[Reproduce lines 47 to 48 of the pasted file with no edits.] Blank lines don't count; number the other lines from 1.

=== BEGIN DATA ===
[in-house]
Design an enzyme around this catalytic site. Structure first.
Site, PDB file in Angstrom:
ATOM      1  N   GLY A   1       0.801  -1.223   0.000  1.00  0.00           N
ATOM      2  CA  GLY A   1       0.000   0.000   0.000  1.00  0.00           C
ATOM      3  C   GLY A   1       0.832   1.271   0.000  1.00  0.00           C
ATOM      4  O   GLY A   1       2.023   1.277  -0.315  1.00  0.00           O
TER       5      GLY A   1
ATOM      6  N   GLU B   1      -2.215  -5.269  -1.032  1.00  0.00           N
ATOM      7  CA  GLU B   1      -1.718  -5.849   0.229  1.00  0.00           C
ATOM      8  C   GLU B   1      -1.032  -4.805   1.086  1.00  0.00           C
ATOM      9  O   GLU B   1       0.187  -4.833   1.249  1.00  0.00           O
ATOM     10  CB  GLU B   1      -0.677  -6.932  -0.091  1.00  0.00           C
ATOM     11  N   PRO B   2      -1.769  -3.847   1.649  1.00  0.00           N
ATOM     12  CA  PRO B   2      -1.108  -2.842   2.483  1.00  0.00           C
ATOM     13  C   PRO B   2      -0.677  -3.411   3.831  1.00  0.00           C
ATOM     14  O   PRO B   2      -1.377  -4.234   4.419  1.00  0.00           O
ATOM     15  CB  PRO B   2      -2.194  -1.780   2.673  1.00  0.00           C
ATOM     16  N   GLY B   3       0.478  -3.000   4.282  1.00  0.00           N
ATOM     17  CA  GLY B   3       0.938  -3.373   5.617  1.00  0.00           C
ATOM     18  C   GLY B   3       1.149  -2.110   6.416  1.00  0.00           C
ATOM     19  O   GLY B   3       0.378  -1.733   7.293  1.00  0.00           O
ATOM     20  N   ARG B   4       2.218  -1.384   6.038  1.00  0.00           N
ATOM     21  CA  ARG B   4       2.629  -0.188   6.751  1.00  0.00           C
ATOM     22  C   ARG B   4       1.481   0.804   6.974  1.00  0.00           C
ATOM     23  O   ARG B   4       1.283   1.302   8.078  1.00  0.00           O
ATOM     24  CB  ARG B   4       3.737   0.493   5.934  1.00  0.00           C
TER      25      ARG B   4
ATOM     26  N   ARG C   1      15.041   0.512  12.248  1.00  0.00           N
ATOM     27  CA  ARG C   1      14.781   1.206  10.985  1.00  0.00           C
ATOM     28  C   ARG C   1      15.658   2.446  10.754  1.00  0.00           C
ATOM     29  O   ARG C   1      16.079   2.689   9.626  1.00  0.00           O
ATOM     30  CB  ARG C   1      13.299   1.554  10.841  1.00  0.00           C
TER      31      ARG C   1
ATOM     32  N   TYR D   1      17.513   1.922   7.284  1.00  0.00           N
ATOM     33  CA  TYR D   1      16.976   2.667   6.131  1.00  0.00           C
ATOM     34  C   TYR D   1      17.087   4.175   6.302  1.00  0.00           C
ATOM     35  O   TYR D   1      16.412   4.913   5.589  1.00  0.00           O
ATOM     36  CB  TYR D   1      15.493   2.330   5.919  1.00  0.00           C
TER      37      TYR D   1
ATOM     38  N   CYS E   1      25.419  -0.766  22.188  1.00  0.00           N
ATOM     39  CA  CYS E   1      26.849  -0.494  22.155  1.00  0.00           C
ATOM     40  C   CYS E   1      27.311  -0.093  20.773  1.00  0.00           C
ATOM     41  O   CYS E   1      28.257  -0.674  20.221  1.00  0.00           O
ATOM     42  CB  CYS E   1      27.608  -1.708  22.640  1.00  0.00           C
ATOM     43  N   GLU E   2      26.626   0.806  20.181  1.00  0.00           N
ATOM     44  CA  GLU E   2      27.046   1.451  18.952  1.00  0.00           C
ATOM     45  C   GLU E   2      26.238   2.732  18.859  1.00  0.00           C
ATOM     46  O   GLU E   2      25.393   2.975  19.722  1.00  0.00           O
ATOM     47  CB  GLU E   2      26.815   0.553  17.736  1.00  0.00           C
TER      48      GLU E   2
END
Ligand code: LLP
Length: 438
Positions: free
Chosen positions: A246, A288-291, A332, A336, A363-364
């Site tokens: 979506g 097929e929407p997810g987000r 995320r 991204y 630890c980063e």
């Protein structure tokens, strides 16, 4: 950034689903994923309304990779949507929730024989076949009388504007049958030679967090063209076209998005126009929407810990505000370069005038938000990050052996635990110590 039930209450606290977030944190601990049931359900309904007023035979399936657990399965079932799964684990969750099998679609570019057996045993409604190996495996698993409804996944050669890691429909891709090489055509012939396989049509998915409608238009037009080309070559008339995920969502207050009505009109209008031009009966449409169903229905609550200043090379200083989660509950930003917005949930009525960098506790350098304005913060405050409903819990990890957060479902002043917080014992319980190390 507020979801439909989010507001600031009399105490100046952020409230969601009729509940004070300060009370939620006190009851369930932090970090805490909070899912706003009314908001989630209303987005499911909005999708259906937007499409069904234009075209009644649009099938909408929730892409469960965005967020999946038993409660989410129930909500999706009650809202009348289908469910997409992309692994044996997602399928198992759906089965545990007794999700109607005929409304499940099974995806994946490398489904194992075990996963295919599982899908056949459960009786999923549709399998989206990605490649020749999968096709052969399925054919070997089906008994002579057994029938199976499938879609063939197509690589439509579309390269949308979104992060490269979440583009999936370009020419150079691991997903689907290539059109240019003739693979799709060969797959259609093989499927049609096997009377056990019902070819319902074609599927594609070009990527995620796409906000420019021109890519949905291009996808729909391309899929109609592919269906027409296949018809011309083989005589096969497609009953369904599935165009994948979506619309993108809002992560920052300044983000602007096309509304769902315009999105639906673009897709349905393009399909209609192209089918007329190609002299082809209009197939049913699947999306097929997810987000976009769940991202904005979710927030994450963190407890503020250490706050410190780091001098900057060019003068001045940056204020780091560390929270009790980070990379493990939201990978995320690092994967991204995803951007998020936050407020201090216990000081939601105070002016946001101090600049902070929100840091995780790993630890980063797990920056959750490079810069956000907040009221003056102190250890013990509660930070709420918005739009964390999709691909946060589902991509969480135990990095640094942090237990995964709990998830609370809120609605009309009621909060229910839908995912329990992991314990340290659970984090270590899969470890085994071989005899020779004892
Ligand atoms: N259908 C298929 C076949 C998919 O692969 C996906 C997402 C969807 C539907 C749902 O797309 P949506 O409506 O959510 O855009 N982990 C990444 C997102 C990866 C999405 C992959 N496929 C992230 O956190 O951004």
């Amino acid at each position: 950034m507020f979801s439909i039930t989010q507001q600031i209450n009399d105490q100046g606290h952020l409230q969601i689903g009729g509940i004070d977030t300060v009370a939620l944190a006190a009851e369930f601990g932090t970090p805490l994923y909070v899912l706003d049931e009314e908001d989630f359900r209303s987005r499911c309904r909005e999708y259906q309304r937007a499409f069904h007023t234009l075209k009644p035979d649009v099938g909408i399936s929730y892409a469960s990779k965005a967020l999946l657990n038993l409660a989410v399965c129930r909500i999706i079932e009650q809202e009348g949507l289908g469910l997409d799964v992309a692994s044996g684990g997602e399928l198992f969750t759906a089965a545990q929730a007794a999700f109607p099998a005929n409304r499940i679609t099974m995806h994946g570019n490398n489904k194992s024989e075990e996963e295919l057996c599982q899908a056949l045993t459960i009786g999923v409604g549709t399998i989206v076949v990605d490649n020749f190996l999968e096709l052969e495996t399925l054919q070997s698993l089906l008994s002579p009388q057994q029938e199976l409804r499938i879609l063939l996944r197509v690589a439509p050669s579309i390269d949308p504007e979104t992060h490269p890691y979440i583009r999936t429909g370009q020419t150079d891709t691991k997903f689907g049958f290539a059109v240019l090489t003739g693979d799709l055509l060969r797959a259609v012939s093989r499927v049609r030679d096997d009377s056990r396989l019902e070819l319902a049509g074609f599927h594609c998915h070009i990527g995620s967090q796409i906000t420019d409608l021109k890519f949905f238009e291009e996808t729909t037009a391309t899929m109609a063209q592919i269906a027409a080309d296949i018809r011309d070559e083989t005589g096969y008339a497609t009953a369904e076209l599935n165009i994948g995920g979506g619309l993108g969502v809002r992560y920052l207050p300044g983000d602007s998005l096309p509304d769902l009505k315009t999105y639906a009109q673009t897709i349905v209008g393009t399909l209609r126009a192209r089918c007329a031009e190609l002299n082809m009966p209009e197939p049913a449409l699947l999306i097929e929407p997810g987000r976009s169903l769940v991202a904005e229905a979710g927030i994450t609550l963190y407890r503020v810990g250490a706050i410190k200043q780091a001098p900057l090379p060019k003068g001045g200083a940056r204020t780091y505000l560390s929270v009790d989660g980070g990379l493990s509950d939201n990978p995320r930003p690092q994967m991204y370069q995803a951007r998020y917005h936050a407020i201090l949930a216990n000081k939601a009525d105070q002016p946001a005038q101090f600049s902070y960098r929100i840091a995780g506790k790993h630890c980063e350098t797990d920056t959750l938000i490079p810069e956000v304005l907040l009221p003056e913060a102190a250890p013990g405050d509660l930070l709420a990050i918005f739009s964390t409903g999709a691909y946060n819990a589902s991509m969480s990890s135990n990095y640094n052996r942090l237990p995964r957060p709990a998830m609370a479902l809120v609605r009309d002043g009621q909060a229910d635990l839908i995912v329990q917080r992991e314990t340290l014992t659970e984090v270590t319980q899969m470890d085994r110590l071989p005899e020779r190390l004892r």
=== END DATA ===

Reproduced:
ATOM     44  CA  GLU E   2      27.046   1.451  18.952  1.00  0.00           C
ATOM     45  C   GLU E   2      26.238   2.732  18.859  1.00  0.00           C